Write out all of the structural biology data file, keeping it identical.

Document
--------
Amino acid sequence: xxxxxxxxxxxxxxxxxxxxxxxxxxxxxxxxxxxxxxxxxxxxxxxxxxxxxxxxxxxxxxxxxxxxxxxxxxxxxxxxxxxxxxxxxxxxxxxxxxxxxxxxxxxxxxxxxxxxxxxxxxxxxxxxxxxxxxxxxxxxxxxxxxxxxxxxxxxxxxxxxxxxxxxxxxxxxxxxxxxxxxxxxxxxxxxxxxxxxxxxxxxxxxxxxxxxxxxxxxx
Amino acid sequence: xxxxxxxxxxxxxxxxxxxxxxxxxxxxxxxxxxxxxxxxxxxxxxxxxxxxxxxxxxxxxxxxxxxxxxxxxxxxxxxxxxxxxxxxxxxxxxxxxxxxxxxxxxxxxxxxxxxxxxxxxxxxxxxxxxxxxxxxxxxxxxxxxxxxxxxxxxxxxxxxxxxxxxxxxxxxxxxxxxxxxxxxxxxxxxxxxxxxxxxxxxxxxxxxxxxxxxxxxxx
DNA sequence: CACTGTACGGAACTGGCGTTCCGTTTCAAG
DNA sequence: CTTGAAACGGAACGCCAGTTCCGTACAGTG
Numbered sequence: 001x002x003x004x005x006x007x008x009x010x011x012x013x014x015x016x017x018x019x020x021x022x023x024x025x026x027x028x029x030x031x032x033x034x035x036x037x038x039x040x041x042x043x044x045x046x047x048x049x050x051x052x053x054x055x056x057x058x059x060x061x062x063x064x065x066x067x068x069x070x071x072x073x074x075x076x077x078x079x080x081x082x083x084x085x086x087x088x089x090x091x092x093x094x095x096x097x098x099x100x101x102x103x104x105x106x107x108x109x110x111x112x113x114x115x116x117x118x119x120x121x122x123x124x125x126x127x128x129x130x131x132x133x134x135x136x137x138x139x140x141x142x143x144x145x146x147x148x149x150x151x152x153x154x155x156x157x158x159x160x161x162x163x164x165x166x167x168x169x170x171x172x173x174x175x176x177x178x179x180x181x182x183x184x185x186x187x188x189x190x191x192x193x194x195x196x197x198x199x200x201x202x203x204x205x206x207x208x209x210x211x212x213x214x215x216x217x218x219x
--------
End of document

Amino acid sequence: xxxxxxxxxxxxxxxxxxxxxxxxxxxxxxxxxxxxxxxxxxxxxxxxxxxxxxxxxxxxxxxxxxxxxxxxxxxxxxxxxxxxxxxxxxxxxxxxxxxxxxxxxxxxxxxxxxxxxxxxxxxxxxxxxxxxxxxxxxxxxxxxxxxxxxxxxxxxxxxxxxxxxxxxxxxxxxxxxxxxxxxxxxxxxxxxxxxxxxxxxxxxxxxxxxxxxxxxxxx
Amino acid sequence: xxxxxxxxxxxxxxxxxxxxxxxxxxxxxxxxxxxxxxxxxxxxxxxxxxxxxxxxxxxxxxxxxxxxxxxxxxxxxxxxxxxxxxxxxxxxxxxxxxxxxxxxxxxxxxxxxxxxxxxxxxxxxxxxxxxxxxxxxxxxxxxxxxxxxxxxxxxxxxxxxxxxxxxxxxxxxxxxxxxxxxxxxxxxxxxxxxxxxxxxxxxxxxxxxxxxxxxxxxx
DNA sequence: CACTGTACGGAACTGGCGTTCCGTTTCAAG
DNA sequence: CTTGAAACGGAACGCCAGTTCCGTACAGTG
Numbered sequence: 001x002x003x004x005x006x007x008x009x010x011x012x013x014x015x016x017x018x019x020x021x022x023x024x025x026x027x028x029x030x031x032x033x034x035x036x037x038x039x040x041x042x043x044x045x046x047x048x049x050x051x052x053x054x055x056x057x058x059x060x061x062x063x064x065x066x067x068x069x070x071x072x073x074x075x076x077x078x079x080x081x082x083x084x085x086x087x088x089x090x091x092x093x094x095x096x097x098x099x100x101x102x103x104x105x106x107x108x109x110x111x112x113x114x115x116x117x118x119x120x121x122x123x124x125x126x127x128x129x130x131x132x133x134x135x136x137x138x139x140x141x142x143x144x145x146x147x148x149x150x151x152x153x154x155x156x157x158x159x160x161x162x163x164x165x166x167x168x169x170x171x172x173x174x175x176x177x178x179x180x181x182x183x184x185x186x187x188x189x190x191x192x193x194x195x196x197x198x199x200x201x202x203x204x205x206x207x208x209x210x211x212x213x214x215x216x217x218x219x